What is reverberation? Define Reverberation time. Explain its role in acoustics.
1 Answer
  1. Sound produced in an enclosure does not die out immediately after the source has ceased to produce it. A sound produced in a hall undergoes multiple reflections from the walls, floor and ceiling before it becomes inaudible. A person in the hall continues to receive successive reflections of progressively diminishing intensity. This prolongation of sound before it decays to a negligible intensity is called reverberation.
  2. Reverberation time is defined as the time interval between the initial direct note and the reflected note up to a minimum audibility level.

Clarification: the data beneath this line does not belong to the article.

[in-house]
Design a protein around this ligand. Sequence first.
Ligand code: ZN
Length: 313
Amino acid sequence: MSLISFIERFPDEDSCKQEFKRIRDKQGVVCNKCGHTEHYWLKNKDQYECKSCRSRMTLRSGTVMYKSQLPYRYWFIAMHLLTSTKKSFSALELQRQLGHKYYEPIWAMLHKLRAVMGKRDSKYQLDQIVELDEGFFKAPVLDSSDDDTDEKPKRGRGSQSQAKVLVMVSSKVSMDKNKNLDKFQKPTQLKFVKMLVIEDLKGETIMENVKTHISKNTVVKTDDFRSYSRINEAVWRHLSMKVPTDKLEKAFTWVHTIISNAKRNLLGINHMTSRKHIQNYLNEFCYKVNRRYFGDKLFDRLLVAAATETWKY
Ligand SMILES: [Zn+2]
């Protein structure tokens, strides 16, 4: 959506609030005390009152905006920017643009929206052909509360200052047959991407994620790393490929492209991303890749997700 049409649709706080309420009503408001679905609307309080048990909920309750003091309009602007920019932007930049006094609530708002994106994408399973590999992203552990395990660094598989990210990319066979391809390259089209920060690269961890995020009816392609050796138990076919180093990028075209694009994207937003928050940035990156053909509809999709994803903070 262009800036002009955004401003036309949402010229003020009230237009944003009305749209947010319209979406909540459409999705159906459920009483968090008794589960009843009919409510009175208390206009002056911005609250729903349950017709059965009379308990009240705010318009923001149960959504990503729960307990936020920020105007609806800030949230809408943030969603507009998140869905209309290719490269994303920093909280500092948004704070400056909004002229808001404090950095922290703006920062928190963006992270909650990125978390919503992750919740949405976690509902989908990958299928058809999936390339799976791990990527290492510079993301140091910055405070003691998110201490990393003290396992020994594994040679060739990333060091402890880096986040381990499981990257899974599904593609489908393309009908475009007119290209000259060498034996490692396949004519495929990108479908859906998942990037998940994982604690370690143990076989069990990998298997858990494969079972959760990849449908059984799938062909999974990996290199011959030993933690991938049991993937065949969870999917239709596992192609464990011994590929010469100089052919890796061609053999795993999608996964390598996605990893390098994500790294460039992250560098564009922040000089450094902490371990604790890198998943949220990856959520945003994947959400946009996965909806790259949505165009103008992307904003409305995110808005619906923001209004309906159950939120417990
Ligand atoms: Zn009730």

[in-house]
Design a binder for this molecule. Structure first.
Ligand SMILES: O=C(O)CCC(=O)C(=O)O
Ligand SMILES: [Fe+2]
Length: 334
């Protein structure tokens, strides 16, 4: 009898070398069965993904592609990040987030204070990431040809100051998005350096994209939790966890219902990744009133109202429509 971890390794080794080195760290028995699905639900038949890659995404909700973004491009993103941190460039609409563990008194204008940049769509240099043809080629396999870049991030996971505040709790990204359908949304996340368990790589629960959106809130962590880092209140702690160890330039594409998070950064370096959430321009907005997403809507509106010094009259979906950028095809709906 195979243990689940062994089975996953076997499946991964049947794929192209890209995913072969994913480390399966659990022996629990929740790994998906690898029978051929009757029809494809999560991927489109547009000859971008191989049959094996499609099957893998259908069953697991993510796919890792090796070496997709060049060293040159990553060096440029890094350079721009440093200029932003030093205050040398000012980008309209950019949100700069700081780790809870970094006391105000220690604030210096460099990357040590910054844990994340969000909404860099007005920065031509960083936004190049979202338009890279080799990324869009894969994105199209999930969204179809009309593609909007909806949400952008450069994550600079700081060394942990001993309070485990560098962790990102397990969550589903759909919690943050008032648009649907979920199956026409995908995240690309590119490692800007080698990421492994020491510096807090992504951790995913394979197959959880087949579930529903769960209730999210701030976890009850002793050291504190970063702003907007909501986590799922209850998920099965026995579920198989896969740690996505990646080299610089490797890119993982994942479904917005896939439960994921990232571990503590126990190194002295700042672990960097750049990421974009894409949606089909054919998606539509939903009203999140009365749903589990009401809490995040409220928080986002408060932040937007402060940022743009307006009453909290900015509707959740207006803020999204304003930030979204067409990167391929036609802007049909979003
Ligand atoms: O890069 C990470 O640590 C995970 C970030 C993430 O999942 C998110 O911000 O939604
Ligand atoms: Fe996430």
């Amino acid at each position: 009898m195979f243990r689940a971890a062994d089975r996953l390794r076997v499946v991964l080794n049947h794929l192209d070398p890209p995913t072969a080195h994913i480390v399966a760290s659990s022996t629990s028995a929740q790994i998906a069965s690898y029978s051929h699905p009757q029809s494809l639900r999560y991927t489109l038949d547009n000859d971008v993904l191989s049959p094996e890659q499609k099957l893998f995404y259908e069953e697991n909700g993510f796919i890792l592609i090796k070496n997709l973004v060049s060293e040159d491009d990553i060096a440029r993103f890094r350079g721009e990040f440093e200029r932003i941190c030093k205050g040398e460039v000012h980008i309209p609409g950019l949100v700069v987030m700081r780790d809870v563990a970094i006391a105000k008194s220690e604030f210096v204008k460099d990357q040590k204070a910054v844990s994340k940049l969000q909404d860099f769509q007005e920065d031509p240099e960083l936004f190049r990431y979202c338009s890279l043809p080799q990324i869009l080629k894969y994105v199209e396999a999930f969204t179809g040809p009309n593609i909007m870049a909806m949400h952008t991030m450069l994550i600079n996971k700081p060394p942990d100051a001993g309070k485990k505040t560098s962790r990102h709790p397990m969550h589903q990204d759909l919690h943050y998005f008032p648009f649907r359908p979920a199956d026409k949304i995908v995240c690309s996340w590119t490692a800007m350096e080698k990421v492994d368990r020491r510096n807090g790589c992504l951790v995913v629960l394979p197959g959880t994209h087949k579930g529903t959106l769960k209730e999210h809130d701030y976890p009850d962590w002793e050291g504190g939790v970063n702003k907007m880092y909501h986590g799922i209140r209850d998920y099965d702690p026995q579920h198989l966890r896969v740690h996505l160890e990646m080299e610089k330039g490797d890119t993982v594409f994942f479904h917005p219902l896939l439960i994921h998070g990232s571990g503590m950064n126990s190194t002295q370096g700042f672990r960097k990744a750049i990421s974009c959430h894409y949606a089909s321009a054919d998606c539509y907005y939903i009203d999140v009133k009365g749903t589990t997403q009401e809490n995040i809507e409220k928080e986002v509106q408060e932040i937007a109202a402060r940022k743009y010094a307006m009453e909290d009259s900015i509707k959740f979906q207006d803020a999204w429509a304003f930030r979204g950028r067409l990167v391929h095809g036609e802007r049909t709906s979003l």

3. More precisely, Reverberation time is defined as the time required, in seconds, for the average sound in a room to decrease by 60 dB after a source stops generating sound.

Reverberation role in acoustics

  1. If a hall is to be acoustically satisfactory, it is essential that it should have the right reverberation time.
  2. The reverberation time should not be either too long or too short. A very short reverberation time makes a room 'dead'.
  3. On the other hand, a long reverberation time renders speech unintelligible. The optimum value for reverberation time depends on the purpose for which the hall is designed.
  4. A reverberation time of 0.5 secs is acceptable for speeches and lectures, while a reverberation time of 1 to 2 secs is satisfactory for concerts.
  5. In case of theatres, the optimum value varies with volume. 1.1 to 1.5 secs is suitable for small theatres, whereas for large theatres it may go up to 2.3 sees.

enter image description here

Please log in to add an answer.